Postreproductive lifespans are rare in mammals

Samuel Ellis, Daniel Wayne Franks, Stuart Nattrass, Michael A. Cant, Destiny L. Bradley, Deborah Giles, Kenneth C. Balcomb, Darren Croft

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A species has a post‐reproductive stage if, like humans, a female entering the adult population can expect to live a substantial proportion of their life after their last reproductive event. However, it is conceptually and statistically challenging to distinguish these true post‐reproductive stages from the usual processes of senescence, which can result in females occasionally surviving past their last reproductive event. Hence, despite considerable interest, the taxonomic prevalence of post‐reproductive stages remains unclear and debated. In this study we use life tables constructed from published data on wild populations of mammals, and statistical measures of post‐reproductive lifespans, to distinguish true post‐reproductive stages from artefacts of senescence and demography in 52 species. We find post‐reproductive stages are rare in mammals and are limited to humans and a few species of toothed whales. By resolving this long‐standing debate, we hope to provide clarity for researchers in the field of evolutionary biology and a solid foundation for further studies investigating the evolution and adaptive significance of this unusual life history trait.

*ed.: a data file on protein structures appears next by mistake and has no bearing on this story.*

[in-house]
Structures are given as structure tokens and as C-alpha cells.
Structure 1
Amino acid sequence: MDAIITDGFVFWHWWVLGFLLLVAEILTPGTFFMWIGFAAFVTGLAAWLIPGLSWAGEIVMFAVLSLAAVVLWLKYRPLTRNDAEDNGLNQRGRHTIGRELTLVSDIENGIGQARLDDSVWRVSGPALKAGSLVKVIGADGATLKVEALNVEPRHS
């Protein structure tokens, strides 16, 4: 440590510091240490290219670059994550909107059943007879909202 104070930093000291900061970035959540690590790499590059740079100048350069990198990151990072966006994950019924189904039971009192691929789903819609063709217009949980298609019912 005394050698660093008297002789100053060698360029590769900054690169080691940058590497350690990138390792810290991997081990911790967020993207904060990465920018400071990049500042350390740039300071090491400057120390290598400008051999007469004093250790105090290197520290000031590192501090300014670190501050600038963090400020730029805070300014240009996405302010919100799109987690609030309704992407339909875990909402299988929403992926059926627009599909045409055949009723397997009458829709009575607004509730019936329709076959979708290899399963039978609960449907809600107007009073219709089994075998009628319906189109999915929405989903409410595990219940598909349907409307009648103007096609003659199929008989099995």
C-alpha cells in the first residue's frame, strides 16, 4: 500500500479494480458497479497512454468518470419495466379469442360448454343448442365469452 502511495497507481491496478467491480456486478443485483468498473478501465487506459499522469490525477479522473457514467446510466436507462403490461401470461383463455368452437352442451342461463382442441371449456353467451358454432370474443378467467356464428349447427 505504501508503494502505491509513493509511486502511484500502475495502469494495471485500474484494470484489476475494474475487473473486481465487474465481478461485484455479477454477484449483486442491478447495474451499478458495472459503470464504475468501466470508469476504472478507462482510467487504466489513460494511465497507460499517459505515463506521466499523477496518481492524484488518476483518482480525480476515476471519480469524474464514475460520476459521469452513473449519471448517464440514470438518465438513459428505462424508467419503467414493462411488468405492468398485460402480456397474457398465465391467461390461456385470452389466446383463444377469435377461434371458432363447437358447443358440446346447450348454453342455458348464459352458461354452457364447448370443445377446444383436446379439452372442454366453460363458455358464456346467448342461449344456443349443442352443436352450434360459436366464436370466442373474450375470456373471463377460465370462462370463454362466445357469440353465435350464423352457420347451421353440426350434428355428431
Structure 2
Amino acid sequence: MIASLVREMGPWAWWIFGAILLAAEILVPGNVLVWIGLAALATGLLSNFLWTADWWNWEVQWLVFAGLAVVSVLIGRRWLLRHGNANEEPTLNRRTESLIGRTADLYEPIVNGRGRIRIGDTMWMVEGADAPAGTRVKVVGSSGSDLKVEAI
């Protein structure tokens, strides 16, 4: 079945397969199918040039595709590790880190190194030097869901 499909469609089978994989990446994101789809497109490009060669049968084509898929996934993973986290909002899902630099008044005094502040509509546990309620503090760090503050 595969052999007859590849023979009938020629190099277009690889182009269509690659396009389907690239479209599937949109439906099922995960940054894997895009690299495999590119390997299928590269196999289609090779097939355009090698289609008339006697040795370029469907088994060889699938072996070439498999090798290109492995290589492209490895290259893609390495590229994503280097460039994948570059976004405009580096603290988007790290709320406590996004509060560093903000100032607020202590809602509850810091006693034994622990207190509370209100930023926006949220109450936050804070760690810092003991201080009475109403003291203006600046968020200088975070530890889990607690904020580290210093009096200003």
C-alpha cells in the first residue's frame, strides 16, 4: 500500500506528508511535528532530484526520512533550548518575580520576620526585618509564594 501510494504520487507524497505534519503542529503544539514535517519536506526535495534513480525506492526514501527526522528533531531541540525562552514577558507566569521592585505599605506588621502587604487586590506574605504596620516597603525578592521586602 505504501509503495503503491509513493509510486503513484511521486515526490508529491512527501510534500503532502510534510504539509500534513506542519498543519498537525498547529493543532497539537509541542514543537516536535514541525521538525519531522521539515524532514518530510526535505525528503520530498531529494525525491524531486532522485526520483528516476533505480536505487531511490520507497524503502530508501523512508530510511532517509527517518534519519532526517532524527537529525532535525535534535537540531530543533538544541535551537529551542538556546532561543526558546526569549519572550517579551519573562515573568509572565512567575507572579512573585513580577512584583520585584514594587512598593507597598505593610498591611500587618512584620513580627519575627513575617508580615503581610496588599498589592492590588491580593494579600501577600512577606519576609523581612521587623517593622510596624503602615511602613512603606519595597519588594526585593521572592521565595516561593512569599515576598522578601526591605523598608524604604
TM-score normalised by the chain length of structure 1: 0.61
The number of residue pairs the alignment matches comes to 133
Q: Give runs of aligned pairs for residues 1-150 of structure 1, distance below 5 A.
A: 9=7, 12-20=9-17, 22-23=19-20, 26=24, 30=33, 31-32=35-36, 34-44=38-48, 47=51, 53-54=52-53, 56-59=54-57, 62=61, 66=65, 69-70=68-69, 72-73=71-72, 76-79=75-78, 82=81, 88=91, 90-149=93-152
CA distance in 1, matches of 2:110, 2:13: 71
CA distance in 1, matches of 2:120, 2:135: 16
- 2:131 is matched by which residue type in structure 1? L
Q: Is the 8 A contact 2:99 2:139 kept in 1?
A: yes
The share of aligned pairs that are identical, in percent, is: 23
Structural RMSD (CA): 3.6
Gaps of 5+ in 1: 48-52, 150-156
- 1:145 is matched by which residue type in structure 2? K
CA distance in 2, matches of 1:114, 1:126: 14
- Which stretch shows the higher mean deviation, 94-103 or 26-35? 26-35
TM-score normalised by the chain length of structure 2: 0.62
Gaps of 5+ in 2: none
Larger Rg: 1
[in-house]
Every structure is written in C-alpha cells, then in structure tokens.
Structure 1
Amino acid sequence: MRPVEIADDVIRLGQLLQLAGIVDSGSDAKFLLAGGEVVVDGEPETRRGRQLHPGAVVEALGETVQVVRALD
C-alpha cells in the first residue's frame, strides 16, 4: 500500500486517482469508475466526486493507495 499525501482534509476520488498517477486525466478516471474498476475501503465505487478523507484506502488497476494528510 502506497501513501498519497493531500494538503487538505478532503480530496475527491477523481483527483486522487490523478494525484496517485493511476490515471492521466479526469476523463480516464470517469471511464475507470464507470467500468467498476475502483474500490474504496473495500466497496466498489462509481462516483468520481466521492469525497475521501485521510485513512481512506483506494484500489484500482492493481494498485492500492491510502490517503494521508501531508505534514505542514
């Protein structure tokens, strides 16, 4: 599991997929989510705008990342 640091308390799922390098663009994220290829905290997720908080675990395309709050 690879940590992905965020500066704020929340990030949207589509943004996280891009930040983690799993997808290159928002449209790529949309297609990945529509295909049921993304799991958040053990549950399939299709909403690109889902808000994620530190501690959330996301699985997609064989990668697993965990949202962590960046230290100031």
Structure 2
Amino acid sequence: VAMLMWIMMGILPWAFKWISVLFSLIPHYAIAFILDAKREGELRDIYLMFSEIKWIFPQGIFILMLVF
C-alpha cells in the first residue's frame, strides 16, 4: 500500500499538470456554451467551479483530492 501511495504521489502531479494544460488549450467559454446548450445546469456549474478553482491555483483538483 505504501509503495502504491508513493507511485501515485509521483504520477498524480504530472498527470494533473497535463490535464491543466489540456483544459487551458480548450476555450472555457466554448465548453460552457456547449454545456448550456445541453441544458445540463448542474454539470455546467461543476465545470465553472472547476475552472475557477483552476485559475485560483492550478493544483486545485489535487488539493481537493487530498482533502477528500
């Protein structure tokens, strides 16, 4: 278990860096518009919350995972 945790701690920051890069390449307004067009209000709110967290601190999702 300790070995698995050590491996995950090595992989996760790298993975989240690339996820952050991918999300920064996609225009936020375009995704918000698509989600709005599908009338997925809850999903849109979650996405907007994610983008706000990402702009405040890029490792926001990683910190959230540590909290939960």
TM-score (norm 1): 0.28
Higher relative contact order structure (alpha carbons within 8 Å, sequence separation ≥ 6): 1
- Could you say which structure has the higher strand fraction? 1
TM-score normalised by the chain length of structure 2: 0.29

Original languageEnglish
JournalEcology and Evolution
Early online date31 Jan 2018
Publication statusPublished - 5 Mar 2018

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© 2018 The Authors.

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